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Are veterans bad for the economy? Experts say yes

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Republicans and Democrats agree, debt crisis is vet’s fault
Another lifetime transportation device for some freeloader
WASHINGTON — Military veterans make up only 6.4% of the United States population, according to Census Bureau data, but these freeloaders cost the American taxpayer billions, a fact that brings Republicans and Democrats together.
It is no coincidence that the national debt ceiling has become a contentious issue for usually rational and cooperative legislators. But one silver lining in the fight is the unifying effect that paying for veterans has when they’re no longer actively fighting wars or offering useful photo opportunities. Legislators, budget analysts, and journalists agree, America’s veterans, especially disabled ones, are “a gigantic pain in the ass.”
“When you think about it, the VA budget is about $119 billion but we only have about 19 million veterans,” stated Washington Post journalist Aimes Poorly. “So, that amounts to what? Like, ten billion dollars per veteran?”
“I don’t know about you,” Poorly continued. “But I don’t want my tax dollars to make billionaires out of cripples and shell-shocked kids who can’t contribute to society. They need to pull themselves up by their combat bootstraps. Do you think my parents paid for four years of finding my truth at Wellesley or my Eurosummer with a bunch of government handouts? No! My dad is a simple plastic surgeon. He had to perform a lot of extra elective surgeries to pay for all that. These crybaby vets could have chosen Spain over Nangarhar or Ramadi if they had a little vision. Dude, the raves in Ibiza are nuts.”
No two ways about it: America’s veterans are thieves
Recently, the Washington Post brilliantly used an opinion article to explore this very topic — highlighting the unfortunate fact that advanced medical research and care means more service members survive severe and life-threatening injuries than in previous generations. This huge downside of science has led to a surplus of greedy veterans for the American people to support with benefits like healthcare, free or reduced college costs, life insurance, and career training. It was a thought-provoking exercise in brilliance that really made people think.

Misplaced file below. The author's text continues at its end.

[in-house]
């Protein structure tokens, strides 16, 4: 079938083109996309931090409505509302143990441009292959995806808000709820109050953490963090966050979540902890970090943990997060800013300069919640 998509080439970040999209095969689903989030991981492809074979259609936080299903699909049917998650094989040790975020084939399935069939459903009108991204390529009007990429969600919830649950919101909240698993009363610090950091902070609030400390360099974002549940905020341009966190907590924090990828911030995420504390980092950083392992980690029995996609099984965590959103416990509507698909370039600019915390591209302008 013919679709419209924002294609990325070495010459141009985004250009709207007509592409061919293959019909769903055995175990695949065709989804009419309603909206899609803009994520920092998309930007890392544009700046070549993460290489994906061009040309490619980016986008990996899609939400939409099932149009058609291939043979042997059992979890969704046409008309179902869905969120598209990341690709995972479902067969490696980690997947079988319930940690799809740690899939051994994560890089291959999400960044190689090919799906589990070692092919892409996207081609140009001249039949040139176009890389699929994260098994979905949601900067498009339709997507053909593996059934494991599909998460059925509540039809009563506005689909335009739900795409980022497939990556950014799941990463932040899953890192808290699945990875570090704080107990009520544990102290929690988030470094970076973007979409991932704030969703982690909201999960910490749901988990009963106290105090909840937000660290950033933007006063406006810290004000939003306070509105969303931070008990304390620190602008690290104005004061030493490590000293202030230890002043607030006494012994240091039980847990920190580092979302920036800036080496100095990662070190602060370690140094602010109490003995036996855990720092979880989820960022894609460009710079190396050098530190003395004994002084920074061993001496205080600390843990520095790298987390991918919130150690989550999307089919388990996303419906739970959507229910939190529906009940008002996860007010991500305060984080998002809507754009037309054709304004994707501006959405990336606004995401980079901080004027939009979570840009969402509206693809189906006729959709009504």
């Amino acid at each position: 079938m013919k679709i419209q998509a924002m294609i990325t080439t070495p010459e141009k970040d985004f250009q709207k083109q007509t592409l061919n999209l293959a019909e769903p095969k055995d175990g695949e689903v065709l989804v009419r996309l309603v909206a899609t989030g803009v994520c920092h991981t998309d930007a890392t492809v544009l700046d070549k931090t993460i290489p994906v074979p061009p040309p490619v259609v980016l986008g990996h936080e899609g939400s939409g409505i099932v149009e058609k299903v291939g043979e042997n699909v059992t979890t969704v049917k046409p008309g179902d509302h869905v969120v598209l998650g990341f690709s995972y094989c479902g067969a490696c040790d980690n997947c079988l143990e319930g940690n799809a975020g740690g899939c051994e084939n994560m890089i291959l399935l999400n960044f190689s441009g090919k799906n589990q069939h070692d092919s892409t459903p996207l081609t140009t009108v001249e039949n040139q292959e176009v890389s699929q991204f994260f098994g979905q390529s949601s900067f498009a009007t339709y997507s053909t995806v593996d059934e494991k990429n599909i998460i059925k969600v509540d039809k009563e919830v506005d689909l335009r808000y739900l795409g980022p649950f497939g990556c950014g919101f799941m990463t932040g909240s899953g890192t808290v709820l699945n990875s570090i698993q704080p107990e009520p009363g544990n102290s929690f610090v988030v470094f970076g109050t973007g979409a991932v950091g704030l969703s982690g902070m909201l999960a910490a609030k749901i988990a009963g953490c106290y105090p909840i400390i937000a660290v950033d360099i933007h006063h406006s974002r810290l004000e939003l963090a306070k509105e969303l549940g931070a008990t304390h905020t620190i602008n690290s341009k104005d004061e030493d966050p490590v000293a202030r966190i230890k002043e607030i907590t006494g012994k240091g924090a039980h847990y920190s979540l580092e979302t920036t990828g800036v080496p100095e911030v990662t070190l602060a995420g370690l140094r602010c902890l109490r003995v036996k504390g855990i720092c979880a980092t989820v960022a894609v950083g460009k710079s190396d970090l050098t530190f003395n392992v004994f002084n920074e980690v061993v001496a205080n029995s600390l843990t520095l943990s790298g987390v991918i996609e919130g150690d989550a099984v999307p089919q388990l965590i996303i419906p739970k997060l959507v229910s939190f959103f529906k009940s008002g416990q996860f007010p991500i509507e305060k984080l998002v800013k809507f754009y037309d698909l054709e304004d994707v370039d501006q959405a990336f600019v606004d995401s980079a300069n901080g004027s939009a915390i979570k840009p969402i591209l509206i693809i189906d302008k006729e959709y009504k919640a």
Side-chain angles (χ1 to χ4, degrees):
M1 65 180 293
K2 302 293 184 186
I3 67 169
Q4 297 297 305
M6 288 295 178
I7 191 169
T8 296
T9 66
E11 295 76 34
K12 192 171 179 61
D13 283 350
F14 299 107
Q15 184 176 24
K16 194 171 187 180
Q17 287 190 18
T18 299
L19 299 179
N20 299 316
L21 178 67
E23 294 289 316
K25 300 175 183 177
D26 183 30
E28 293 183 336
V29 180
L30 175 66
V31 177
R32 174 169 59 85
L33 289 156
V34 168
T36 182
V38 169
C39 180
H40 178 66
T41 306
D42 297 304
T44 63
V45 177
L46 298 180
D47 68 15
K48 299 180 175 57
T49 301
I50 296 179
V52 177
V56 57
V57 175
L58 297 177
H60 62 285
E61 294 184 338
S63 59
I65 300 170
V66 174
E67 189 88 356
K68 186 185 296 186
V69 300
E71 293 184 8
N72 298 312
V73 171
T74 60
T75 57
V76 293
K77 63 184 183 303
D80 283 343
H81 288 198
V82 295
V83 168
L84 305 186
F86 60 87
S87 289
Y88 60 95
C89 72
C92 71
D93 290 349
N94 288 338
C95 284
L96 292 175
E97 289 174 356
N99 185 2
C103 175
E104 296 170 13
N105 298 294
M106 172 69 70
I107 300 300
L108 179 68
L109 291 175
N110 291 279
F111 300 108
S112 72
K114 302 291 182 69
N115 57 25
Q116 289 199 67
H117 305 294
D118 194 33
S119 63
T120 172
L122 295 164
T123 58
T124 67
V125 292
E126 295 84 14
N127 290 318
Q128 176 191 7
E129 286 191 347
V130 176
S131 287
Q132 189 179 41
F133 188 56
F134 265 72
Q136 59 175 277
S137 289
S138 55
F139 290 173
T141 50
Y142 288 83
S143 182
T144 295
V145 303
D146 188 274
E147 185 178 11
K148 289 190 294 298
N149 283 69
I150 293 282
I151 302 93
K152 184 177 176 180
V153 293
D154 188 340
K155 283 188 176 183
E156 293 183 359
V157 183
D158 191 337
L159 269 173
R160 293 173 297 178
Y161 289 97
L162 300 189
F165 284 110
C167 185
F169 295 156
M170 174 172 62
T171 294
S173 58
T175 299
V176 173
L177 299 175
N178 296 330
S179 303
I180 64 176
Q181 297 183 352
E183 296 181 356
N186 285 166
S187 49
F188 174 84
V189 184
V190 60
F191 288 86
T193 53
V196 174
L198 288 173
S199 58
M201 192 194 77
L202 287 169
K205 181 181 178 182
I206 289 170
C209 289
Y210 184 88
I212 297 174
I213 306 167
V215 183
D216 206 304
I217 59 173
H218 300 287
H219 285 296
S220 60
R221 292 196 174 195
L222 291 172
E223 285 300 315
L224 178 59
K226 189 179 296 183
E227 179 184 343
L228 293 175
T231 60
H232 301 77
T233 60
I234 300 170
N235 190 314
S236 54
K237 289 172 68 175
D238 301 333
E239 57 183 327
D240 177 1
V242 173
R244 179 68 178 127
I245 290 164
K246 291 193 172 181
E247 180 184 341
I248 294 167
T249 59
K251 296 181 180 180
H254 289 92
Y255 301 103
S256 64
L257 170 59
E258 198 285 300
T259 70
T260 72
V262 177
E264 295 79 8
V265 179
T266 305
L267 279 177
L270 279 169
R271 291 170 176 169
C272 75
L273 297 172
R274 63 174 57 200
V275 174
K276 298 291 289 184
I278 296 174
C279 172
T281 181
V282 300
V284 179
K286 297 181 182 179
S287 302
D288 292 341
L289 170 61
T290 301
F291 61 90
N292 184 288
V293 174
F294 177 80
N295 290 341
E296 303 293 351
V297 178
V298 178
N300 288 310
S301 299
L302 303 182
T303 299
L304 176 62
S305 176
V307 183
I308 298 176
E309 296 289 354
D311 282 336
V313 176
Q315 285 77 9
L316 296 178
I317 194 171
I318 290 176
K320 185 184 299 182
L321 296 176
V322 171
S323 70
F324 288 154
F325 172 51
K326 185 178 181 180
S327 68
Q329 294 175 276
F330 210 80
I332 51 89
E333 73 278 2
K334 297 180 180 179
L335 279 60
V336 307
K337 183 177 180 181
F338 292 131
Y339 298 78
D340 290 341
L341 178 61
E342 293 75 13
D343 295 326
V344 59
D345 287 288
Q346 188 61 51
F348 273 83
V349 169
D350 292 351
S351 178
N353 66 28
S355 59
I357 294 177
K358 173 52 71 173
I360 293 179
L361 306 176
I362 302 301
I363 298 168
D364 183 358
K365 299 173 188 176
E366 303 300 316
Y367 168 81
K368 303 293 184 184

Willow Sparks, an unemployed crystals expert, weighed in.
“So, like, here I am $80,000 in debt to student loans, with a Ph.D. in cosmic philosophy, and I find it pretty insulting that all you have to do is serve in the Army, get injured and bam — free healthcare and free college,” Sparks said. “Like, what gives?”
Though she never served in the military, Sparks considers identifying as a wounded veteran as a means of securing the money to pay back student loans. Alternatively, she may move to “this micro-swap commune in the Yucatan and just default.”
Congressional Representatives share concerns about biased treatment in favor of veterans. In late April, a bill introduced would have cut the VA budget by 22%. Florida representative and off-hours Joker impersonator, Representative Matt Gaetz, believes it was a step in the right direction.
“Plain and simple, the Veterans’ Administration is a drain on the economy. I mean, there’s the medical care for people that had nothing more productive to do than go to Afghanistan and get cancer from standing around burn pits while I was chasing hotties and partying balls during college and law school. But that’s before you even get into non-medical services like the GI Bill, home loans, job and skills training, and legal services for veterans. I sure would like some of that sweet government cash. It’s not like I don’t have my own bills to pay.”
Gaetz then laughed maniacally and disappeared into a puff of smoke.
Reached between a “speaking and sensing session” at a Brooklyn-based indigenous weaving cooperative, traditional Gaetz opponent Representative Anastasia Ocasio-Cortez joined him, “The VA is just an extension of a military that exists solely to turn otherwise future workers in support of state production into killer automatons who generally vote Republican. I can’t support that any more than I support recruiting them in the first place. It’s an issue of consistency.”
These people are smarter than you. Don’t ask questions.
While experts seem unified in support of slashing funds to the VA, no one could say exactly how this would improve the economy in the long or short term. Yet, many remain optimistic that if the VA budget is reduced, those pesky veterans will die off faster.
Despite expert opinion to the contrary, one group of Americans seemed opposed to slashing veterans’ funding and, if history is a guide, their opinion will be what wins the day.
Art Popp, a spokesman for The American Military Industrial Complex explained, “Look, the creation of veterans is just good business. Someone has to fire the Tomahawk. Drones don’t exactly fly themselves. Well, they sorta do. Anyway…whatever, ships and planes need someone to move them. Then there’s the infantry. Those guys wandering around finding IEDs are great for the prosthetics guys. And let’s be honest, most of these mouthbreathers can’t do anything else. Crippled vets are just the price of doing business and providing value to the patriotic American shareholder.”
Gray Sea Liu is a former Naval Officer, current smart-ass.

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